In a recent Buzzfeed article, Person of Interest showrunners Jonathan Nolan and Greg Plageman said that even though their show wasn't definitively canceled when they were writing the current season, they saw the writing on the wall and approached this fifth season of Person of Interest as though it were its last. And "Sotto Voce" sure felt like they knew this was the endgame, didn't it?

There was a trio of major events that happened to Team Machine in "Sotto Voce," two huge neon-lit ideas for fans of the series, and one subtle but incredibly important development for Harold Finch (Michael Emerson). Let's start with that one, which may not have been as crowd-pleasing as the other two (we'll get to them later), but has monumental ramifications for the final four episodes of the series and answers the big question looming over Finch's relationship with the Machine.

Person of Interest's final season: Who will prevail, the Machine or Samaritan?

The number of the week (or, with the final season burn-off, biweekly number) belonged to a man named Terry Easton (Neal Huff), who, through the magic of television twists, would later be revealed in super-cool fashion to be The Voice, the mysterious villain behind Season 3's 911-operator-in-distress "Last Call." As Finch tapped away on his laptop and got closer and closer to not only discovering The Voice's true identity but also figuring out The Voice's escape path, he made a decision that could alter the future of the series. He let frenemy Elias (Enrico Colantoni) loose on The Voice -- which, in Elias' interpretation, meant a car bomb that turned The Voice into charcoal.

Michael Emerson, Person of InterestMichael Emerson, Person of Interest

Sure, The Voice's death was at the hands of Elias, but it actually said more about Finch than anyone else. Harold Finch is no dummy; he knew that bringing Elias into this meant it would be curtains for The Voice, which makes Finch somewhat complicit in the murder. Death and killing is part of Finch's business, sure, but Finch has always stayed firmly in the camp of "human life is valuable," avoiding unnecessary casualties at all costs, even when it could help them win the war. Finch allowing the murder of The Voice to happen -- and yes, he had to know it at least could happen -- showed that his moral compass may be spinning south.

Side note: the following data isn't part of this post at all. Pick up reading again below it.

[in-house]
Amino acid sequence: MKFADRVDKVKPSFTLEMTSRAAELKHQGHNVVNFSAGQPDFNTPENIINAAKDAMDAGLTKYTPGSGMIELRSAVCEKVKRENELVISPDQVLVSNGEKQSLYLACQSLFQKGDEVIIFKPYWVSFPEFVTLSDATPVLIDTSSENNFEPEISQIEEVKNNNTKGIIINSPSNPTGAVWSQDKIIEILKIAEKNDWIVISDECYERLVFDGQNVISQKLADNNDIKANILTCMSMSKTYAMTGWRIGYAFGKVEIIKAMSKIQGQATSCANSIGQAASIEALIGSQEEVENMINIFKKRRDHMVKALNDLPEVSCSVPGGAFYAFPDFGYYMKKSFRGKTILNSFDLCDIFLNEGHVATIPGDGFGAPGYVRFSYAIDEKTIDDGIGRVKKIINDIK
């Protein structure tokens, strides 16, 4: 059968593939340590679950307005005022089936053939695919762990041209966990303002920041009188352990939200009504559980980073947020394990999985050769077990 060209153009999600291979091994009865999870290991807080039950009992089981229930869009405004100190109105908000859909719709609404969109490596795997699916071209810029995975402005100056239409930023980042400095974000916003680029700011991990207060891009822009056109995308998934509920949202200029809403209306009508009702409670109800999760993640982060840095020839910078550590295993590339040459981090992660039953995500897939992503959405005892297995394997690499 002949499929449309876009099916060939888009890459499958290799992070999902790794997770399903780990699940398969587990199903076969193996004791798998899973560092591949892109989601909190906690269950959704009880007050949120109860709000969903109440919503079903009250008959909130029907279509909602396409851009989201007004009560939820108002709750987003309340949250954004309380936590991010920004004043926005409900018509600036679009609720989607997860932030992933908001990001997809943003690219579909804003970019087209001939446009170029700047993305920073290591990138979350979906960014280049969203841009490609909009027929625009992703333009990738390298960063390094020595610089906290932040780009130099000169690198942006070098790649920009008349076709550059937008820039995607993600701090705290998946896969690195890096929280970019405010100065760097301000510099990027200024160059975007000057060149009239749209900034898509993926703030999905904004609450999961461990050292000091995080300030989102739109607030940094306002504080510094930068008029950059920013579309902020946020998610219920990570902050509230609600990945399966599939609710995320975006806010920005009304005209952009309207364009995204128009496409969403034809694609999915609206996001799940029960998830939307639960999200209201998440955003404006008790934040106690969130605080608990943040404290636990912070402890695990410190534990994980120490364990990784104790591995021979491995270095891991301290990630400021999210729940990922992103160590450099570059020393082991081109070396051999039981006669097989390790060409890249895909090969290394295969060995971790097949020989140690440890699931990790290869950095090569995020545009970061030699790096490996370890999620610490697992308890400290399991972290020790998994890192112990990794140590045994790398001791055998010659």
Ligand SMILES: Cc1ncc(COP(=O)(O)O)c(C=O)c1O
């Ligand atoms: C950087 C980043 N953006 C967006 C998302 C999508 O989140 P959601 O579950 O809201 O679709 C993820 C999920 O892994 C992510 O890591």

What makes this so important is that this could also be a preview of Finch finally opening up the Machine to do what it needs to do in its battle against Samaritan. The simulations he's run with closed versions of the Machine and Samaritan -- literally millions of them, with thousands more added each minute -- have all ended in Samaritan victories. Root (Amy Acker) has begged Finch to go under the Machine's hood and give it the tools it needs to win the war, but Finch has always countered that doing so would be dangerous for everyone. Is Finch softening up his stance about the price of human life and what's needed to do to win? As much as I respect Finch's stance, this war won't end without casualties, so they may as well belong to the bad guy.

On to other things! Root and Shaw (Sarah Shahi), television's most electric couple, same-sex or otherwise, finally reunited IRL and outside of a computer simulation that ended up with someone's brains getting splattered all over the place. But the repeated sims (7,000-plus, according to Samaritan) took their toll on Shaw's mental stability. Can you blame her? It's amazing she isn't drooling out of her mouth and rolling around on the floor after what she's been through. Telling Root that every simulation ended with her shooting herself, Shaw wasn't ready to reunite, for fear that it would endanger Root or herself.

Person of Interest producers haven't ruled out a reboot

Well, Root had one hell of an answer, saying that she'd shoot herself because "You can't live with me, and I can't live without you," and pointed a gun at her own chin. The mutual suicide standoff gave Shaw no choice but to back off, and Shoot/Raw is back, baby! It's the best possible Memorial Day gift we could have received.

But the best moment of the episode was so long coming that we had to wonder if it would ever happen at all. Fusco (Kevin Chapman), having voiced frustration with Finch and John Reese (Jim Caviezel) over being left out of the team meetings and generally having no idea what was going on, was finally let in on the big secret that's been kept from him. Reese told him, "There's a system, listening through every microphone, watching through every camera..." straight out of the show's credit sequence. I GOT THE CHILLS, MAN! Could there be a better place for Reese to tell Fusco that than on a rooftop looking over New York City, the blissfully unaware pawns going about their business below them? It's a monumental moment for Fusco, and one so well-deserved for such a likable character that if you didn't get emotional, you may just be a robot. Go get that checked out.

We've got four episodes left to go in this wonderful series' run, and "Sotto Voce" felt like it. The final shot of the entire team -- Finch, Reese, Fusco, Root, and Shaw -- back together while The National's "Fake Empire" played was an incredible turning point for this final season, and one that didn't leave me bummed that the series was almost over, but rather excited for what's to come in its final four hours. What a fantastic episode.

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